12 way 1 pole rotary

I’m using this 12 way rotary with these 10 kohm resistors. I wired everything like this.

Now, the problem is that the first four positions show the full voltage, the “middle” four positions show oscillating strength, which stays more or less the same, no matter the position, with a little ditch whenever I change the position. You can see the plotter displaying it here. The red circles show whenever I turn the rotary once. The last four positions show zero voltage. When I check the outter pins individually they all show full voltage.

The code I’m using:

void setup() {
  // put your setup code here, to run once:

void loop() {
  // put your main code here, to run repeatedly:

Thanks in advance.

Seems the wiring is picking up some interference.
Possible, because total resistance is >=120k.
Datasheet of the MCU recommends an impedance of <=10k, so you should have used a ladder of 1k resistors.

Try to fix it with a 10-100n capacitor from A5 to ground, close to the Arduino pins.
And/or use shielded wiring if wiring is long/exposed.

P.S. What is exactly the amplitude of the oscillation.

Your wiring does not show which of the central pins you connected to the analog. There are A, B, and D central pins, by the link you gave for the switch. You assume it is a single pole, 12 position switch, just like the Chinese wrote on the heading. Obviously you have discovered they are not correct. You need to use and Ohmmeter to determine for yourself how the switch is connected. Make a table of connections you find.

All switches are either "break before make" , meaning the current connection is opened before the next connection is made, or "make before make", which is uncommon and will make the next connection before opening the prior connection. Your little "ditch" proves the switch is "break before make".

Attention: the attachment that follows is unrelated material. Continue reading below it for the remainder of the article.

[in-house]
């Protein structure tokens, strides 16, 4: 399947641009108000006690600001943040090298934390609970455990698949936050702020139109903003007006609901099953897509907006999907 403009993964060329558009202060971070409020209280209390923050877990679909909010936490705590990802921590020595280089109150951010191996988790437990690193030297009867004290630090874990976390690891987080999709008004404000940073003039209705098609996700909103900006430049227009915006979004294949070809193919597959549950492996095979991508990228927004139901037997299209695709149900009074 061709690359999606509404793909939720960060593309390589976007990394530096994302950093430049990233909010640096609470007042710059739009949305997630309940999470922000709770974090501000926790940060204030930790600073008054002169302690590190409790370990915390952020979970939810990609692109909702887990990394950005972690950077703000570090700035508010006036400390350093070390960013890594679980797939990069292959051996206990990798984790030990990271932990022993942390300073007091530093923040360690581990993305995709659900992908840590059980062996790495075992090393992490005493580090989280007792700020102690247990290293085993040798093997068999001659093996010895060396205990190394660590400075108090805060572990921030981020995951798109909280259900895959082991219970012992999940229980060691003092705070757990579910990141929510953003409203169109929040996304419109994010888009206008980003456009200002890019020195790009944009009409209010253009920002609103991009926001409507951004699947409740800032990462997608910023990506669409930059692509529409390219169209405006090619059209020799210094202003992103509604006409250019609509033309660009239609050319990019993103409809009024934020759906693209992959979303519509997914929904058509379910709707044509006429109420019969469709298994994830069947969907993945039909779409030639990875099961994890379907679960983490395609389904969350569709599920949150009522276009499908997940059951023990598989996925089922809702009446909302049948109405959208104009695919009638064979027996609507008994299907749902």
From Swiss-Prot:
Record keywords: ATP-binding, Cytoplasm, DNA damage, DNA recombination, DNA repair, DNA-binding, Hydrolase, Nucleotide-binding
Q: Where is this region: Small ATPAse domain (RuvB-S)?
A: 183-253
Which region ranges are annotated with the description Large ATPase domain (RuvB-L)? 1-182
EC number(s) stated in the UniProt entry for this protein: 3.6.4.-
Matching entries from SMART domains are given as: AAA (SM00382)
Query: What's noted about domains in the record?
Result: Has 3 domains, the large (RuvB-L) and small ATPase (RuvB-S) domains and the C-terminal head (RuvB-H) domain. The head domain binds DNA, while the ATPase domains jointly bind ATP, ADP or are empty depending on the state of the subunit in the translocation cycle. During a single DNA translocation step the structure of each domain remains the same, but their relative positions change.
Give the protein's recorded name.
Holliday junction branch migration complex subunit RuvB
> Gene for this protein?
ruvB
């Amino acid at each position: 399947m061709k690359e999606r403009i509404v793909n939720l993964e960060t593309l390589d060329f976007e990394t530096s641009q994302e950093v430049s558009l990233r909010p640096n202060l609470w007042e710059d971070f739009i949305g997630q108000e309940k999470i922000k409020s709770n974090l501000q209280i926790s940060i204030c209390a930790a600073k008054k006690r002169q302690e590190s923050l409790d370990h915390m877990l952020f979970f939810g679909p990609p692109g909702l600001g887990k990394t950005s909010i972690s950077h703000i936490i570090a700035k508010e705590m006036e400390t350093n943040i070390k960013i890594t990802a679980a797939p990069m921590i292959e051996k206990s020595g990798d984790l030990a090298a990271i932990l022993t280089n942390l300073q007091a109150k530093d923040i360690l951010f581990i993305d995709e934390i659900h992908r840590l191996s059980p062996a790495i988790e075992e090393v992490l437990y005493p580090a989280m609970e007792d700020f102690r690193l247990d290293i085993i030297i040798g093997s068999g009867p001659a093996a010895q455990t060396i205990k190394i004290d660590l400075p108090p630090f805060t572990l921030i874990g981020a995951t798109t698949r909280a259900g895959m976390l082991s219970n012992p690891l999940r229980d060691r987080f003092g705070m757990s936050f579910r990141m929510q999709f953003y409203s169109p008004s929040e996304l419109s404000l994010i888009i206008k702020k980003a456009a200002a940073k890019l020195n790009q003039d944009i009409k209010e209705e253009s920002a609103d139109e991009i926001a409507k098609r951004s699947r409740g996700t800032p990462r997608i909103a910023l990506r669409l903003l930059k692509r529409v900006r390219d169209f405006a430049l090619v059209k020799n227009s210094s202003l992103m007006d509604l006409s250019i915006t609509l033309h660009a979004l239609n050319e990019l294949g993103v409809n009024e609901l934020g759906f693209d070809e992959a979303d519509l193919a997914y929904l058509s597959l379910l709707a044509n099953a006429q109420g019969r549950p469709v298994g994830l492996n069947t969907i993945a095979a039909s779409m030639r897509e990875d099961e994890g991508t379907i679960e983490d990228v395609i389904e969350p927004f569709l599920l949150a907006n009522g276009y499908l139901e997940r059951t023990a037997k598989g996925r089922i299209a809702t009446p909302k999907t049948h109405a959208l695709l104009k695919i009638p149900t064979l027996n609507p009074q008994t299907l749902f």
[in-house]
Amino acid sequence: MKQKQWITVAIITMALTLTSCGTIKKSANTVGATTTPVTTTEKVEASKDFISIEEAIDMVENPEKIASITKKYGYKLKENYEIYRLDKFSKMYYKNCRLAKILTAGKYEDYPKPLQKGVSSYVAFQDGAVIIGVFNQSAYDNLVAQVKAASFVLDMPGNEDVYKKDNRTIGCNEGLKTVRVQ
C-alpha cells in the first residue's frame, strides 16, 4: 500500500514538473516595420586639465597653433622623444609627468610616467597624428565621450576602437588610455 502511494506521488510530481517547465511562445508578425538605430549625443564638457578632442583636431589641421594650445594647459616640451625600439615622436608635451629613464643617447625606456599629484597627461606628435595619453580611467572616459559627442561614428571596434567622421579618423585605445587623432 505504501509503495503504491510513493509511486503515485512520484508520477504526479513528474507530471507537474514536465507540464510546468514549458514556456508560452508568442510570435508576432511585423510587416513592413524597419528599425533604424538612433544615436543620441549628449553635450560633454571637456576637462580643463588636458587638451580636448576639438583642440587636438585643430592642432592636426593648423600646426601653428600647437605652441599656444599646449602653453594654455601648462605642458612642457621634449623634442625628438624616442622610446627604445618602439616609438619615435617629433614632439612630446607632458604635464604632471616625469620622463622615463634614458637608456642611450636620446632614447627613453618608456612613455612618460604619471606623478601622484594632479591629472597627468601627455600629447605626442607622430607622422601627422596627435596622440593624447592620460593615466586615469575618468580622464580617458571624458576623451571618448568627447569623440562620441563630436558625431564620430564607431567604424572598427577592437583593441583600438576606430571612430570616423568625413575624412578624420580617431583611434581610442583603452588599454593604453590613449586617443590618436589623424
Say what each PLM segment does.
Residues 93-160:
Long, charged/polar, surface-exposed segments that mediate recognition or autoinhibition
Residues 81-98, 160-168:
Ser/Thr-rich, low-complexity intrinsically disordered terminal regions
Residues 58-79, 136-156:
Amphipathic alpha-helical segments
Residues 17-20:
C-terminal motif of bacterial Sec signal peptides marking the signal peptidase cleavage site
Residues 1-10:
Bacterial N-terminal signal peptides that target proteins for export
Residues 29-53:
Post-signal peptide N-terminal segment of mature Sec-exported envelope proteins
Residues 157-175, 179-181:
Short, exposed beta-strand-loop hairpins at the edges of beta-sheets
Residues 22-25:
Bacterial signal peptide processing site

When you have the table of the internal switch connections, post it here and we can help.


I agree with Paul_KD7HB in that you don’t have what you think.

I can’t be sure but it looks to me like it might be a 3 pole 4 position switch.

The 12-position switches I have from China are indeed 12 positions.
They also have the ABCD writing on them, but only one pin is long. The other ones are short (cut off).
Those switches also come in 26 positions, 43 positions, etc. In which case some or all of the ABCD pins are long.

Can you post a picture of the switch and the resistors connected?

Cnd can you please post a copy of your circuit, in CAD or a picture of a hand drawn circuit in jpg, png?
Showing the pin numbers on your schematic.

Thanks… Tom… :slight_smile:

Get out the multimeter and check the switch is doing what you expect, then check that the ends of
the resistor string are actually at 0V and 5V, then check each contact on the switch is at the voltage
you expect, then check that the centre pole is set to the correct voltage for each position of the switch,
etc etc. IE when troubleshooting assume nothing and measure everything.

Thank you for all the responses and sorry for the late reply.

@Paul_KD7HB I connected the A pin since it's the only one that "sticks out" and the others seem to be leftover from production.

@TomGeorge I posted a drawing of my circuit in the main post, you could simply add more pins in between and number them 1 to 12, I didn't do that for clarity's sake. Here is a picture of it. Sorry for the bad solder job, I only wanted to make a small project and haven't soldered in ages.

Which leads me to my next point, I don't have an ohmmeter and neither do I have a multimeter which makes troubleshooting a bit difficult. I don't have any transistors or smaller resistors either.

@wawa Here is an image of the plotter. That's when the rotary is one of the middle four positions.

Again, thanks for the help guys, really appreciate it. I've already tried figuring it out with the help of a friend before I came here but I feel like without a multimeter it's almost impossible to troubleshoot this properly. I'll probably just call it done and leave the rotary out.

You can get quite cheap multimeters - a worthwhile, almost essential tool in your toolbox !!

You can get quite cheap multimeters - a worthwhile, almost essential tool in your toolbox !!

Indeed. Harbor Freight has their lower tier model as a 'free with any purchase' item from time to time.